Duggan Approved Ban on Selling Closed Detroit Schools to Charters
Measure protects status quo system
In 2014 the Detroit City Council passed and Mayor Michael Duggan approved a resolution that banned the city from selling any one of 53 closed Detroit school district school buildings to a public charter school for a period of five years. The action raises questions about the mayor's impartiality in a plan recently approved by the state Senate. The plan would give Duggan a key role in whether school choice in the form of charters keeps expanding in Detroit or becomes a dwindling remnant.
The resolution was part of a deal the city made with Detroit Public Schools to forgive $11.1 million in unpaid bills owed by DPS. In return, the city took ownership of 53 schools and other property. The city agreed through the resolution not to sell any of a total 77 properties to a charter school that is within one mile of a DPS school.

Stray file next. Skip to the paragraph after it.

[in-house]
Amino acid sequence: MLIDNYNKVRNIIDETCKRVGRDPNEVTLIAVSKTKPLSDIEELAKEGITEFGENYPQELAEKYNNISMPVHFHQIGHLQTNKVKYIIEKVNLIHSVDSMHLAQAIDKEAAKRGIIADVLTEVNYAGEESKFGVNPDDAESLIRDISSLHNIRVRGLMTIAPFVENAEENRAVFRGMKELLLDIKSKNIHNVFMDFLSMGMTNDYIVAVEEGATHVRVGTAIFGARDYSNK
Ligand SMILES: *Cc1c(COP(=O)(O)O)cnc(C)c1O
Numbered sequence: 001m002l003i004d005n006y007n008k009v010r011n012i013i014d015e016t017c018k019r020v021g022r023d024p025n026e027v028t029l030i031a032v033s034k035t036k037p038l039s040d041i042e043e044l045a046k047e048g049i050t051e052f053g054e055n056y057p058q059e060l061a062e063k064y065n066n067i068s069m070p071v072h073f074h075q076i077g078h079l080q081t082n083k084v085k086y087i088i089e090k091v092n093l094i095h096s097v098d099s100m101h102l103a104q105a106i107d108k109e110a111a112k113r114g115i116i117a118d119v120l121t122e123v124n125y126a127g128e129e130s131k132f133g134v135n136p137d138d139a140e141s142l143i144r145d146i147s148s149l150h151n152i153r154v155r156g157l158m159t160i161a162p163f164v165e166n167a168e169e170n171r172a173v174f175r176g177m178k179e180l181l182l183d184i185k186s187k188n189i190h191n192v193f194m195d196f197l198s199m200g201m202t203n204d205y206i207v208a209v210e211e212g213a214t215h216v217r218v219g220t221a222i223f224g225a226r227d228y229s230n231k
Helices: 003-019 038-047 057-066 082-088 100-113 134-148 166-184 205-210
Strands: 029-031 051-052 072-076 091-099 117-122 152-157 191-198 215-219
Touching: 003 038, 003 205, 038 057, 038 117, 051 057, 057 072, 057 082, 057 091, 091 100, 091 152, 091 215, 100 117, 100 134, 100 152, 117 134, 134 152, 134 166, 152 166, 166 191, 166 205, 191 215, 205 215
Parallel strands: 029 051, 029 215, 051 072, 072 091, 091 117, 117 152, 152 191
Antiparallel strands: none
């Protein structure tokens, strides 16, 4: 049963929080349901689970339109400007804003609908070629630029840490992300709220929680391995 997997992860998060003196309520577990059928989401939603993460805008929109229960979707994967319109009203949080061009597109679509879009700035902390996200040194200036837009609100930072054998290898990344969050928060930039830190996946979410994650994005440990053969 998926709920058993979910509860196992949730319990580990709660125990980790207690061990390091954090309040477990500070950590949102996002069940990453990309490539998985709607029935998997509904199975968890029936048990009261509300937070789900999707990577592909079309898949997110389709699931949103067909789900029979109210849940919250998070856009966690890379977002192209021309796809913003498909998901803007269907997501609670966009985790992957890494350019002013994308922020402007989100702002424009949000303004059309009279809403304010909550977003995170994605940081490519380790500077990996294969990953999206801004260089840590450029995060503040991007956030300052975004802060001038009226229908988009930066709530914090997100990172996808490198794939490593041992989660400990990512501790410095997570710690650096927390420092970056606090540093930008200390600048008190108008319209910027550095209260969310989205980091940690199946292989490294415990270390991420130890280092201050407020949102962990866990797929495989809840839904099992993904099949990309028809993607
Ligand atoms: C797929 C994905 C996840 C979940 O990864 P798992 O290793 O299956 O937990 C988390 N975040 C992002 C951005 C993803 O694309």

John Roach, a spokesman for Mayor Duggan, didn’t respond to emails seeking comment.
Duggan’s approval of this resolution gives additional weight to questions about his role in the future of charter schools in the city. The mayor’s office has played a key role in crafting elements of various reform plans currently under discussion for Detroit Public Schools.
In the plan passed by the Republican-controlled Michigan Senate, the mayor would appoint members to a newly created Detroit Education Commission that would have the power to determine whether, how many and where new charter schools would be allowed to open within the city limits.
More recently Duggan has said this commission would operate as an “impartial judge.”
“It’s frustrating to hear Mayor Duggan complain that charter schools aren’t located in enough Detroit neighborhoods when the city refuses to sell empty DPS buildings to charter schools,” said Gary Naeyaert, the executive director of Great Lakes Education Project. “So the mayor helps to create the academic ‘deserts’ he complains about, and then uses this to push his ‘command and control’ DEC plan to monopolize K-12 education and limit charter school enrollment in Detroit. That’s a pretty good trick."